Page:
Help to choose your course for next year



How good are you at a subject? How easily do you understand it? Your assessment results and your classwork should give you an idea of your ability. Be honest with yourself. Discuss your ability with your present teacher.  Be careful not to underestimate your ability – but be realistic.


Add your ability to your interests – the things that you enjoy doing. Reasons for enjoying subjects might be because of the type of learning, the skills involved, the teachers, or the learning environment. If you enjoy doing something, there is a strong chance you will be good at it. 

You may not know what you want to do when you leave school – most students your age don’t. But if you have some broad areas of interest, for example science, health, art, technology, then it pays to find out which subjects will be the most helpful in allowing you to achieve your goals. Make sure you do this. 

Go through the subjects in this guide carefully. TICK those that best apply to you and investigate them thoroughly. Use the resource people listed and career planning information to help you. 

If you are still unsure about what you want to do when you leave school, there are many places to seek help or research more. See the useful websites below for a starting point. Think carefully about your interests, strengths and values and do as much research as you can. There are thousands of jobs out there that you may never have heard about.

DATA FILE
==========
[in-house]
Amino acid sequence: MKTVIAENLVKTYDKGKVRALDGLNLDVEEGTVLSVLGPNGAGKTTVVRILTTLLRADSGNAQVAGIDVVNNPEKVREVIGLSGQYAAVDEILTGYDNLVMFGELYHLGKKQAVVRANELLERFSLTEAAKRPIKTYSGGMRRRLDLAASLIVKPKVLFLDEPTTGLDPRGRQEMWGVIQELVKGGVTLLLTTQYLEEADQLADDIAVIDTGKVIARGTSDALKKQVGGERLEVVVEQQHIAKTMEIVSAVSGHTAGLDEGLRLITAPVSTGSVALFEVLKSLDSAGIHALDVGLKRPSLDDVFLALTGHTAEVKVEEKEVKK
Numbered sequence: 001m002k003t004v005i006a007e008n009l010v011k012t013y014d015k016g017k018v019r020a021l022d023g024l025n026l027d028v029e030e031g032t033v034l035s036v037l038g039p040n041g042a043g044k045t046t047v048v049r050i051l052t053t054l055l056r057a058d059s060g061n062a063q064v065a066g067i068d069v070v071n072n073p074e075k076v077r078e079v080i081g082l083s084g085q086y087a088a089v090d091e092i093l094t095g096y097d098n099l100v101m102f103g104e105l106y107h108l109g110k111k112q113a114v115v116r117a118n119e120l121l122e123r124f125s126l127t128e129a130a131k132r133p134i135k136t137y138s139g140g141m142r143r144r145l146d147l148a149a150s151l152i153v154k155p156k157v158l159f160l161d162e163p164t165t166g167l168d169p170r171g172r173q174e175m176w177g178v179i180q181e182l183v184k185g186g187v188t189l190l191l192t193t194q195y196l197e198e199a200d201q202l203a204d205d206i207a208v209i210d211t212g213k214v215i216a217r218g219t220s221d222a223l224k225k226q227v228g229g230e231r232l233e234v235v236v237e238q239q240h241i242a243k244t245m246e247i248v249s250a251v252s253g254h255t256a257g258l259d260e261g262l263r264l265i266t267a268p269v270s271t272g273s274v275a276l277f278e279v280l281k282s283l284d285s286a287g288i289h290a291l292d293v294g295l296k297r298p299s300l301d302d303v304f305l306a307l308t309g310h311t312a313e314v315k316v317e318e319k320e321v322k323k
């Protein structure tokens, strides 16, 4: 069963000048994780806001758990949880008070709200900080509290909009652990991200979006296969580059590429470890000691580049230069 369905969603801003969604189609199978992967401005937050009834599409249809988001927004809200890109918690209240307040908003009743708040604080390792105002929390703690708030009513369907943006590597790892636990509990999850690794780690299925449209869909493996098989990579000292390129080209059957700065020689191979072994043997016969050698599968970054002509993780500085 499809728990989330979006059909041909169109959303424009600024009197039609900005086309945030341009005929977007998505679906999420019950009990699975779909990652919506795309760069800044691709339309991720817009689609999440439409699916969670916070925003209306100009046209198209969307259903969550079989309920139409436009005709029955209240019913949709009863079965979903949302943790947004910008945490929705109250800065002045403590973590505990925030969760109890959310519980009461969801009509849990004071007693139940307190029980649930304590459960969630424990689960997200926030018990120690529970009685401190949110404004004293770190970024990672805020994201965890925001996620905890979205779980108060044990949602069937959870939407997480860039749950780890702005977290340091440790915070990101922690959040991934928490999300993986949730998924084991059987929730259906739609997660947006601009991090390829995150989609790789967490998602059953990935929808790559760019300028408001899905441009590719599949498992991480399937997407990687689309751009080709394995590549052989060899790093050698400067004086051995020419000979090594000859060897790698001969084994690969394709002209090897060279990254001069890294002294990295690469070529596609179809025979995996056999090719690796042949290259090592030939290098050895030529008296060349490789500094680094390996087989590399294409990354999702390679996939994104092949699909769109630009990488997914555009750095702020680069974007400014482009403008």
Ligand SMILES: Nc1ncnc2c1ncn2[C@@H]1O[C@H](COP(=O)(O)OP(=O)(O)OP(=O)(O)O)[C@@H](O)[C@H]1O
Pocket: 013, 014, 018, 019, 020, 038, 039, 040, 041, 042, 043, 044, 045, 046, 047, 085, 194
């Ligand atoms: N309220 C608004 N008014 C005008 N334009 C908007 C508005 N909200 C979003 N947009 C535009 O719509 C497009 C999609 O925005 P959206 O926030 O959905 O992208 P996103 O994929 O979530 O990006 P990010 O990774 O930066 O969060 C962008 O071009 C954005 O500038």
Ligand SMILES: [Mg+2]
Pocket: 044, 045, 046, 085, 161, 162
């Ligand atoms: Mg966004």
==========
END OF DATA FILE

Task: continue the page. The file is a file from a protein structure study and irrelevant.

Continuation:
When choosing your subjects, it is important to check the entry requirement for each subject at each level. This will ensure you know what the correct pre-requisites are to be able to do that subject.


If you are thinking about tertiary study at a university, institute of technology/polytech or other provider, make sure you find out what the pre-requisites or entry requirements for their programmes are. You can do this by using the resources in the school’s Careers area or online. Most tertiary providers have excellent websites with current information, the opportunity to email or chat online with advisors, and call centres to answer any questions you might have. Be aware that each university or provider may have different entry requirements so check carefully.


Some courses will have suggested subjects to give a good foundation for further learning. Others will have more specific requirements such as Mathematics, Science or language-rich subjects. Courses in areas such as Visual Art, Drama, Music, Design and Architecture may require a portfolio of work or an audition. The most important thing is to be well informed, well in advance.

Useful Websites

This site provides a job database on thousands of careers in New Zealand. It includes information about skills and qualifications, working conditions, salary, future prospects and any required prerequisites. It also gives details about suggested subjects to study at secondary school which is very important to check out. Also on this website are many interactive tools to help in the career decision process. These include Career Checker, Career Quest, Skill Matcher, Subject Matcher, Study options etc. Career Quest is an online questionnaire based around your interests and preferences. It may give an idea or starting point for possible career options.

  • The most comprehensive careers site for New Zealand students is:
  • This is an interactive website with an extensive library of videos that highlight career possibilities across New Zealand today. It showcases videos with in-depth information about the jobs, their requirements, and the type of career progression you can expect.
  • This is a website where you can match up your skills and interests with degrees at NZ Universities.

If you are unsure or have any questions please contact:

Careers Counsellor, Miss Cotton: [email protected]

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